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2019 Northern BC Murders - Leonard Dyck crime scene [1]

WARNING!: Description below may be disturbing to some readers.


This unmarked pullout along Highway 37 (Cassiar Highway) north of 40 Mile Flats, British Columbia marks one of the crime scenes of the 2019 Northern BC Murders.  Two teenage perpetrators, Kam McLeod, 19 & Bryer Schmegelsky, 18, both childhood friends from Port Alberni, British Columbia, went on a killing spree in Northern BC leading RCMP on a nationwide manhunt for over two weeks until they committed suicide in remote northern Manitoba.

According to police, the pair left their homes on July 12, 2019, telling family they were off in search of work in Whitehorse, Yukon. That same day, they bought an SKS semi-automatic rifle and a box of 20 rounds of ammunition from a Nanaimo, BC sporting goods store. McLeod had a legal possession and acquisition license.

On the morning of July 15, the first two victims — Chynna Deese, 24 and Lucas Fowler, 23 — were found near their van off of Highway 97 (Alaska Highway) south of Liard Hot Springs, BC. It appeared, police said, they had been shot multiple times. Police would later learn their van had broken down.

RCMP found spent and unspent casings with specific markers: head stamps indicating “101” (the factory where they were produced) and “75” (the year they were produced).  They also uncovered surveillance footage that captured the two killers driving their Dodge pickup truck and camper in the general area. On July 14, for instance, they had stopped to get gas, food and a cowboy hat at a gas station in Fort Nelson.

On the morning of July 19, the body of the third victim, Leonard Dyck, 64, a University of BC botany professor, was found at this highway pullout south of Dease Lake, B.C., about 500 kilometres west of the first crime scene. He, too, had been shot w/ burn marks. His body was located 2.5km south of a burning truck at another pullout — the one Schmegelsky and McLeod had been driving.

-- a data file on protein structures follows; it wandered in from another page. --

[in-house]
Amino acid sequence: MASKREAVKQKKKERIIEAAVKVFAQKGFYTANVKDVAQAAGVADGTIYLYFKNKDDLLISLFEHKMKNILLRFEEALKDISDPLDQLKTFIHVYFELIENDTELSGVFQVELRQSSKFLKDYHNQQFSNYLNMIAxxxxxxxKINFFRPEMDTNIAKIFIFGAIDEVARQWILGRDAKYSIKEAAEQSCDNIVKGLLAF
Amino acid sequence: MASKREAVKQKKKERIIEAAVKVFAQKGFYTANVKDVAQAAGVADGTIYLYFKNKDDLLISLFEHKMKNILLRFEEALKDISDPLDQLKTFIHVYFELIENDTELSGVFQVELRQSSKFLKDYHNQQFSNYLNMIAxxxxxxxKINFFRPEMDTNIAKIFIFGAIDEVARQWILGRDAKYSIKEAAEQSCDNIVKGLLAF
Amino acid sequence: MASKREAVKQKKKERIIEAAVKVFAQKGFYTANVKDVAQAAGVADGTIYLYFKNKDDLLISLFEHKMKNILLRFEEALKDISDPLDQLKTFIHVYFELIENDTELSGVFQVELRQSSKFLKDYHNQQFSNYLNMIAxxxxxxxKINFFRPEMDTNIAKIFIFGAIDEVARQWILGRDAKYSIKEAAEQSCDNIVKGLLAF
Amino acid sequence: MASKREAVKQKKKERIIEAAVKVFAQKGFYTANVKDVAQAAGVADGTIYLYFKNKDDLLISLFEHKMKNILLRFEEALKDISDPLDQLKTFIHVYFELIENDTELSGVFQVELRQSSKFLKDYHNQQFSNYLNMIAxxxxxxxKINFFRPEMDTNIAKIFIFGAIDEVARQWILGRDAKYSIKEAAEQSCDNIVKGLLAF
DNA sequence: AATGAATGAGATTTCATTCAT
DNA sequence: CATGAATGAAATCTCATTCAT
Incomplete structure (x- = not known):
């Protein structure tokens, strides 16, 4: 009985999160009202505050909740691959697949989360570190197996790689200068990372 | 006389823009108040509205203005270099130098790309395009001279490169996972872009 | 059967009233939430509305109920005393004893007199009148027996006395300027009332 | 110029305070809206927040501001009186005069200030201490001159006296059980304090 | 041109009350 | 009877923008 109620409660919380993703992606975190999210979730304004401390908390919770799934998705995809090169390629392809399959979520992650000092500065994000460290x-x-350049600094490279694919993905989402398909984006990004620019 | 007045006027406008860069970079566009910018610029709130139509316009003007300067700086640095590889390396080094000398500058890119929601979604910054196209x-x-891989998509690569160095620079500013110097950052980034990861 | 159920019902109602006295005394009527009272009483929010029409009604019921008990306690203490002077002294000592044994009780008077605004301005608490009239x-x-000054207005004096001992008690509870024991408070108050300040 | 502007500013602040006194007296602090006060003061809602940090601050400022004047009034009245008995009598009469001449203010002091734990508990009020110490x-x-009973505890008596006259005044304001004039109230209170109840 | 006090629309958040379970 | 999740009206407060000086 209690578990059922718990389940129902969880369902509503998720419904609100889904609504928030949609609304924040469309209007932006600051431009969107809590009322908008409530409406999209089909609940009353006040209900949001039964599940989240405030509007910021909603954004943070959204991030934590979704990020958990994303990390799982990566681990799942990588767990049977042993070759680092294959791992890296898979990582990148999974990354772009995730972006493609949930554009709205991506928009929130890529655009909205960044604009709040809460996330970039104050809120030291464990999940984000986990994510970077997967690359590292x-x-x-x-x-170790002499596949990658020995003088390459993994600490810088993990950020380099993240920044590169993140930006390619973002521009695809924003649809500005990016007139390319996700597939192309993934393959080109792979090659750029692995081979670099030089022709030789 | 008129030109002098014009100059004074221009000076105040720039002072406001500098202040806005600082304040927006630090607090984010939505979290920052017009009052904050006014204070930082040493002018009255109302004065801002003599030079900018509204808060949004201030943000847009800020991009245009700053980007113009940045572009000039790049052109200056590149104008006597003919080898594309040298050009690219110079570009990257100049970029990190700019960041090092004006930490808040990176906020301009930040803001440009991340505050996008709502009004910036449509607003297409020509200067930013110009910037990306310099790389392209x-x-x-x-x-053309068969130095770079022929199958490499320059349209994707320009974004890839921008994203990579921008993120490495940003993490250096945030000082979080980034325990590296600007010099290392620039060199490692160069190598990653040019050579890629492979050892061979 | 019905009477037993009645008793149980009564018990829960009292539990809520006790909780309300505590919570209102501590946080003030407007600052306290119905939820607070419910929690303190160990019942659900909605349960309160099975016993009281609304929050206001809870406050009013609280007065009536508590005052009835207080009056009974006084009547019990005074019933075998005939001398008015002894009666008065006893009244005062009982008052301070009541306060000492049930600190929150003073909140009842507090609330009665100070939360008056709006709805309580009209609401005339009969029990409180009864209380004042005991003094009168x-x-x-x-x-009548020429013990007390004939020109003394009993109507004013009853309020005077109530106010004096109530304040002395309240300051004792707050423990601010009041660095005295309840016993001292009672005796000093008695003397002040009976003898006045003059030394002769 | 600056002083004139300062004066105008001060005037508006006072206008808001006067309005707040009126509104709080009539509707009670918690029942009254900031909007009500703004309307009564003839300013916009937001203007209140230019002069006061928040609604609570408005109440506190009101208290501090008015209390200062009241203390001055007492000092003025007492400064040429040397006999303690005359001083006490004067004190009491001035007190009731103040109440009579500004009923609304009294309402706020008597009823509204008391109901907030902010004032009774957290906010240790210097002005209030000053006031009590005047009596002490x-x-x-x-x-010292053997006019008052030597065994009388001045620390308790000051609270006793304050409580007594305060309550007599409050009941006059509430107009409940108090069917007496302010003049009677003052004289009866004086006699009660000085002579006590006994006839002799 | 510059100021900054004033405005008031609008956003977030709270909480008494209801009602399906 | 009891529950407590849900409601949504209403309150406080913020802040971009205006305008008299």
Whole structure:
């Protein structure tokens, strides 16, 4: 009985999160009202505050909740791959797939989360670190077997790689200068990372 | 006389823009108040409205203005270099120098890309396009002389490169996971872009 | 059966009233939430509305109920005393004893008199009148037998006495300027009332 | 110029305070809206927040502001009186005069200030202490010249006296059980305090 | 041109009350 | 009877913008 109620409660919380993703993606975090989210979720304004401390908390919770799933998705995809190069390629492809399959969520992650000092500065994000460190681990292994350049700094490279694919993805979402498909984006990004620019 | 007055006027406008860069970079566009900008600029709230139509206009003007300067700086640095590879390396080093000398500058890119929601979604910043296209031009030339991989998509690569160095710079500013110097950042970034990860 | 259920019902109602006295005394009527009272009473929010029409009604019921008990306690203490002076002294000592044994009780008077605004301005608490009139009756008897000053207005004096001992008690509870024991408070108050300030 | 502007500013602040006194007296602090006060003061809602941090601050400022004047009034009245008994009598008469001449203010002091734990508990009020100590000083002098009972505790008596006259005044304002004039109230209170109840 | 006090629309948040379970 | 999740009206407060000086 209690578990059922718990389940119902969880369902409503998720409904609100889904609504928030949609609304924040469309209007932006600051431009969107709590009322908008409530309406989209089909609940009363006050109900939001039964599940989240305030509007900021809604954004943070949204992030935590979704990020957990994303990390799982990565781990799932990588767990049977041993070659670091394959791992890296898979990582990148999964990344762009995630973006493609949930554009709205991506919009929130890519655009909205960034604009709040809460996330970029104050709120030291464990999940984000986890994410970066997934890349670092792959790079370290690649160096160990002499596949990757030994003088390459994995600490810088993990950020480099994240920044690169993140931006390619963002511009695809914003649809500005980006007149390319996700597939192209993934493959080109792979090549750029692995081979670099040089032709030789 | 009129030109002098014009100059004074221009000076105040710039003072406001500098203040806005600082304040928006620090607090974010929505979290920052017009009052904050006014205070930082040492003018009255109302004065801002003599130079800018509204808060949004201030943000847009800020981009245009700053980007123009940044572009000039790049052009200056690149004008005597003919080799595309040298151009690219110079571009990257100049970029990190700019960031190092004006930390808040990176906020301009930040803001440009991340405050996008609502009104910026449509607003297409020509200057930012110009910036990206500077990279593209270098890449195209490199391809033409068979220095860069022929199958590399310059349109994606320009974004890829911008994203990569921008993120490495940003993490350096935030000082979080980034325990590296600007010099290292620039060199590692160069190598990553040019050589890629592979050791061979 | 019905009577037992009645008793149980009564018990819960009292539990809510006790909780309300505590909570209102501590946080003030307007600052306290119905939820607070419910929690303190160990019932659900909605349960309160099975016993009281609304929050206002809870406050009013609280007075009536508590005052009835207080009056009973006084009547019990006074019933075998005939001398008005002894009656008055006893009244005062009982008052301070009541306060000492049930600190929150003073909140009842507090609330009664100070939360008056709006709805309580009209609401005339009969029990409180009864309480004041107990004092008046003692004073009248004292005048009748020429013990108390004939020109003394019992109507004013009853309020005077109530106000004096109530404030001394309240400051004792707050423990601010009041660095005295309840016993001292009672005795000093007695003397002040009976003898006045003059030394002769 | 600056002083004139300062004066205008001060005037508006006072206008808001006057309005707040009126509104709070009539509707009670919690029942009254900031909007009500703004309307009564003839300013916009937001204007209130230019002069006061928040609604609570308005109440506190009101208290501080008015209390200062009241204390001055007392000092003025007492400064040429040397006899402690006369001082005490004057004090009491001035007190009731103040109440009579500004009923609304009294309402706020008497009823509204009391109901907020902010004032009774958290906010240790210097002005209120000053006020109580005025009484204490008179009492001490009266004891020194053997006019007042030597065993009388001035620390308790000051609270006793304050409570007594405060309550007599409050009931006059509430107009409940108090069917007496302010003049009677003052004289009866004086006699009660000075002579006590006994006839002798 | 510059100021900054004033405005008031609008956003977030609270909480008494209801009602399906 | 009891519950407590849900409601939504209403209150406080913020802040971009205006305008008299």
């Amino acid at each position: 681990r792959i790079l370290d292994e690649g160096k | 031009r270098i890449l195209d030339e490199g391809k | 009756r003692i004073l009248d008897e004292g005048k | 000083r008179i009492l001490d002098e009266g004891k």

Investigators found a spent casing near the body bearing the same head stamps as they had found earlier: “101” and “75.”

As with the first crime scene, investigators uncovered critical surveillance footage from a Dease Lake store that showed the pair buying various items — donuts, a Coffee Crisp chocolate bar and two pairs of gloves — the day before.

Remnants of those items were found near the crime scene, police said, along with a damaged SIM card belonging to McLeod and his Walmart employee ID card.

Later on July 19, the pair purchased a crowbar and electrical tape from a Vanderhoof, BC, hardware store. They used the tape to put racing stripes on the hood of Dyck’s Toyota RAV4 — an apparent attempt to change the vehicle’s appearance.

The young men had initially been considered missing persons. Their families told police they were “good kids” who had sent photos of their travels and texted they had vehicle troubles. But on July 23, they were declared suspects. A search of the burnt truck uncovered a metal ammunition container containing rounds with head stamps matching those found at the crime scenes. A witness had also come forward, police said, to say that they knew the pair and “believed the boys may have been involved in the murders,” according to an RCMP briefing document.

Surveillance video captured the pair as they stopped at a gas station on July 21 in Meadow Lake, Saskatchewan. They were driving Dyck’s Toyota RAV4. They were spotted again at a McDonald’s on July 22. That same day they were briefly stopped at a checkpoint by a band constable in Split Lake, Manitoba. The constable later recalled that they had maps out inside the car and their fuel light was on — they were running close to empty. They were allowed to continue on.

The manhunt for McLeod and Schmegelsky converged on Gillam, Manitoba, where Dyck’s Toyota RAV4 was found burning in the area. Hundreds of officers descended on the region — marked by dense brush and swampy terrain — to begin a search with the aid of drones and dogs. On August 1, they discovered McLeod’s backpack containing a box of ammunition, his wallet and clothing. It would become evident that they were “dumping weight,” investigators said. They also located Dyck’s toiletry bag. And plates belonging to the RAV4 were dumped in a creek.

The trail eventually led to their bodies on August 7 along the banks of the Nelson River following a dead-end along a bluff. Two SKS semi-automatic rifles were found nearby, believed to be the same ones used in the three homicides in BC.  McLeod had shot Schmegelsky before shooting himself. Prior to their suicides, the pair made a 58-second video on their phones confessing to the murders w/ plans to hijack a boat & raft down the Nelson River into the Hudson Bay & then escape to either Africa or Europe.  In total they had eluded RCMP some 3,200km before their deaths.  Their motive is still not yet fully clear.

A memorial cross & rememberance for Leonard Dyck is situated where he was found.  



Copyright: William L
Type: Spherical
Resolution: 12804x6402
Taken: 29/06/2023
Uploaded: 14/12/2023


Tags: highway 37; british columbia; cassiar highway; crime scene; murder; homicide; solved; northern bc murders; 2019; violence; leonard dyck; cross; memorial; coast mountains
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